Tag Archives: pet loss poems

In Memory of Boastswain, A Dog by Lord Byron (No comments please)

NO COMMENTS PLEASE.
This is merely another pet loss poem that I have added. Numerous views on my blog are from individuals looking for poems about pet loss. I have several more in draft that I intend to include in the Pet Loss Category so I will be adding more “here and there” or “now and then.”

Live Oak still beautiful after its demise. "All things are born to live and then live to die."

Live Oak still beautiful after its demise. “All things are born to live and then live to die.”

The poem “Epitaph To a Dog” was written by Lord Byron and a close friend. The dog was a Newfoundland and much cherished by the poet.

Epitaph To a Dog

Near this Spot
are deposited the Remains of one
who possessed Beauty without Vanity,
Strength without Insolence,
Courage without Ferocity,
and all the virtues of Man without his Vices.

This praise, which would be unmeaning Flattery
if inscribed over human Ashes,
is but a just tribute to the Memory of
Boatswain, a Dog
who was born in Newfoundland May 1803
and died at Newstead Nov. 18th, 1808

When some proud Son of Man returns to Earth,
Unknown to Glory, but upheld by Birth,
The sculptor’s art exhausts the pomp of woe,
And storied urns record who rests below.
When all is done, upon the Tomb is seen,
Not what he was, but what he should have been.
But the poor Dog, in life the firmest friend,
The first to welcome, foremost to defend,
Whose honest heart is still his Master’s own,
Who labours, fights, lives, breathes for him alone,
Unhonoured falls, unnoticed all his worth,
Denied in heaven the Soul he held on earth –
While man, vain insect! hopes to be forgiven,
And claims himself a sole exclusive heaven.

Oh man! thou feeble tenant of an hour,
Debased by slavery, or corrupt by power –
Who knows thee well, must quit thee with disgust,
Degraded mass of animated dust!
Thy love is lust, thy friendship all a cheat,
Thy tongue hypocrisy, thy heart deceit!
By nature vile, ennobled but by name,
Each kindred brute might bid thee blush for shame.
Ye, who behold perchance this simple urn,
Pass on – it honours none you wish to mourn.
To mark a friend’s remains these stones arise;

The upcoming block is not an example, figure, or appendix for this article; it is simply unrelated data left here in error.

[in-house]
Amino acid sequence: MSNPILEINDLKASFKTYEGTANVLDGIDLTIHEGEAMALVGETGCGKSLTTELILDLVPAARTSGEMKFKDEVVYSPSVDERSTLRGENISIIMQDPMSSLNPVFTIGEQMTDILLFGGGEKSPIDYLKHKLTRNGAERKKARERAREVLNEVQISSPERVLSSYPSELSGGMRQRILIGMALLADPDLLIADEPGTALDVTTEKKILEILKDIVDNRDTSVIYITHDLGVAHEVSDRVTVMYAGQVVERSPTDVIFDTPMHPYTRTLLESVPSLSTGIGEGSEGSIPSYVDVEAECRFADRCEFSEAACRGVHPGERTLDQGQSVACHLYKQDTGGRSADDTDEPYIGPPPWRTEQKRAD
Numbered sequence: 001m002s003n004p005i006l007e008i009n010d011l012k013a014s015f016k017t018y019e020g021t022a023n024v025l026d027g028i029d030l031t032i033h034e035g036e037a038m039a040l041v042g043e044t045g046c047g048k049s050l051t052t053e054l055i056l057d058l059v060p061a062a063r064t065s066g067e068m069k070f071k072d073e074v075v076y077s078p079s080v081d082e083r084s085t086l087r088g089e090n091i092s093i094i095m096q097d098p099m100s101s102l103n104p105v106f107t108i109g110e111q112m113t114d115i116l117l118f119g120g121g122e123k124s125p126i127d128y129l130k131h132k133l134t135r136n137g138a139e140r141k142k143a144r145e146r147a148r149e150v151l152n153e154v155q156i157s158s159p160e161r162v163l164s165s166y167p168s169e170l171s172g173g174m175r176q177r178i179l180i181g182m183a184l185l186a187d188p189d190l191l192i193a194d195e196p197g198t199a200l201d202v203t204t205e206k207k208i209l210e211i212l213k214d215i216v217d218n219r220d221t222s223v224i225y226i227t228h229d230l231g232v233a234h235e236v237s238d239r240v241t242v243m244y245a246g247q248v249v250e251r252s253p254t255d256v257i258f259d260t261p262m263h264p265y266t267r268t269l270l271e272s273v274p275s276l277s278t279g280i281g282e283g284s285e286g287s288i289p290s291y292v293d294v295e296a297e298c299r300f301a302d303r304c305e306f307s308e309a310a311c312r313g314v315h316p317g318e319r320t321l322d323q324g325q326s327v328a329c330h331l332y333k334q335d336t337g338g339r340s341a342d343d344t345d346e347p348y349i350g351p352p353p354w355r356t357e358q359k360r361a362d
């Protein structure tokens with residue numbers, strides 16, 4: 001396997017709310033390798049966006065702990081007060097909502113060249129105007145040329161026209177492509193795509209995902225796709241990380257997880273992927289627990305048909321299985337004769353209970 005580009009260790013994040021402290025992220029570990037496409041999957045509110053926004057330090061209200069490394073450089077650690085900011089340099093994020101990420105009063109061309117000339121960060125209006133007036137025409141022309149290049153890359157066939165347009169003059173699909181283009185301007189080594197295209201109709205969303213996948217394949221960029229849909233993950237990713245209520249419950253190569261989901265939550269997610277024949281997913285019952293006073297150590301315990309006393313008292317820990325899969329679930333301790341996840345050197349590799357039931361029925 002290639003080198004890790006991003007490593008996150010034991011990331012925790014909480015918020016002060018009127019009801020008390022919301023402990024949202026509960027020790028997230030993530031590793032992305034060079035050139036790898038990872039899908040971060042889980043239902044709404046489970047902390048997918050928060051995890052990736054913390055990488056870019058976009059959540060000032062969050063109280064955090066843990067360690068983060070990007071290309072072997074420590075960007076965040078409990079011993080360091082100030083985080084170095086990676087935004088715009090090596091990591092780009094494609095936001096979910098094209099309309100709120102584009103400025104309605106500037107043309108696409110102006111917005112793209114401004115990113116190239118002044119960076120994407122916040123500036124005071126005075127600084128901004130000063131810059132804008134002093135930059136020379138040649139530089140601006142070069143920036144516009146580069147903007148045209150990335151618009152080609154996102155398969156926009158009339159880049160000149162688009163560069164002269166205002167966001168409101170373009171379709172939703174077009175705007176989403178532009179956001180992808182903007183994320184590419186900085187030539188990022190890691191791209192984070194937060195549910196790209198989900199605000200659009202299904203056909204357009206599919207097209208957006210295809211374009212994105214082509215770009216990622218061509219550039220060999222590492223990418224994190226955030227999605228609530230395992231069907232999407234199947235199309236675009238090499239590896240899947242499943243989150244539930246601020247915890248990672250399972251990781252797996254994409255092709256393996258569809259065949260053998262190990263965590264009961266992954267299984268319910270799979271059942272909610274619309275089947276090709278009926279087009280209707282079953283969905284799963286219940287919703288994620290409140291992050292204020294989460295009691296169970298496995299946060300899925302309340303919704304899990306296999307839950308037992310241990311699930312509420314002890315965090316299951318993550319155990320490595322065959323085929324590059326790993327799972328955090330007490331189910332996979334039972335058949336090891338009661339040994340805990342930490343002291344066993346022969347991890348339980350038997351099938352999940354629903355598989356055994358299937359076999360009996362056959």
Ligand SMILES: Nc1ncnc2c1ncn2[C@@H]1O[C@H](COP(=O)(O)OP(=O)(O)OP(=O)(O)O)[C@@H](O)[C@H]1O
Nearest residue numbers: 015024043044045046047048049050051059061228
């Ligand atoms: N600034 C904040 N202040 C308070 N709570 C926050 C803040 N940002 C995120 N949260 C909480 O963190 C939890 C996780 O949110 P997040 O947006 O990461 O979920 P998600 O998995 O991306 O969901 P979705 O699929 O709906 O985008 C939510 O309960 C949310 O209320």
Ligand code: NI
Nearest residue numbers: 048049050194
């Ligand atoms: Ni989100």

I never knew but one — and here he lies.

By Lord Byron

Tagged , ,

” Dog Named Beau” By James Stewart, 1989

Gerard Oosterman of “Oosterman Treats” http://oosterman.wordpress.com/ sent this poem in a comment on one of my posts. I remember reading this poem in Google sometime ago. Stewart read the poem on “The Johnny Carson Show” in 1989. It has been written that Carson cried as Stewart read the poem. Most of you probably remember Stewart as a fine actor and if not, you have most likely heard his name. He was a classy gentleman with excellent moral fiber, unlike anything we see in the entertainment business now.

Beau was a Golden Retriever. This poem probably will resonate with two bloggers that I follow. Mary and Tim Livingston have bred, trained and, had more than a few Goldens during their marriage. If you want to see some dog beauties and fantastic art, I encourage you to take a look at Tim’s blog http://theforesterartist.com/ and Mary’s blog at http://thebackdoorartist.com/

A Dog Named Beau by James Stewart (from Jimmy Stewart and His Poems) Crown Publishers, 1989

He never came to me when I would call
Unless I had a tennis ball,
Or he felt like it,
But mostly he didn’t come at all.

When he was young
He never learned to heel
Or sit or stay,
He did things his way.

Discipline was not his bag
But when you were with him things sure didn’t drag.
He’d dig up a rosebush just to spite me,
And when I’d grab him, he’d turn and bite me.

He bit lots of folks from day to day,
The delivery boy was his favorite prey.
The gas man wouldn’t read our meter,
He said we owned a real man-eater.

He set the house on fire
But the story’s long to tell.
Suffice to say that he survived
And the house survived as well.

On the evening walks, and Gloria took him,
He was always first out the door.
The old one and I brought up the rear
Because our bones were sore.

He would charge up the street with Mom hanging on,
What a beautiful pair they were!
And if it was still light and the tourists were out,
They created a bit of a stir.

But every once in a while, he would stop in his tracks
And with a frown on his face look around.
It was just to make sure that the old one was there
And would follow him where he was bound.

We are early-to-bedders at our house–
I guess I’m the first to retire.
And as I’d leave the room he’d look at me
And get up from his place by the fire.

He knew where the tennis balls were upstairs,
And I’d give him one for a while.
He would push it under the bed with his nose
And I’d fish it out with a smile.

And before very long
He’d tire of the ball
And be asleep in his corner
In no time at all.

And there were nights when I’d feel him
Climb upon our bed
And lie between us,
And I’d pat his head.

And there were nights when I’d feel his stare
And I’d wake up and he’d be sitting there
And I reach out my hand and stroke his hair.
And sometimes I’d feel him sigh
And I think I know the reason why.

He would wake up at night
And he would have this fear
Of the dark, of life, of lots of things,
And he’d be glad to have me near.

And Now he’s dead.
And there are nights when I think I feel him
Climb upon our bed and lie between us,
And I pat his head.

And there are nights when I think
I feel that stare
And I reach out my hand to stoke his hair,
But he’s not there.

Oh, how I wish that wasn’t so,
I’ll always love a dog named Beau.

 

By James Stewart

 

Tagged , , ,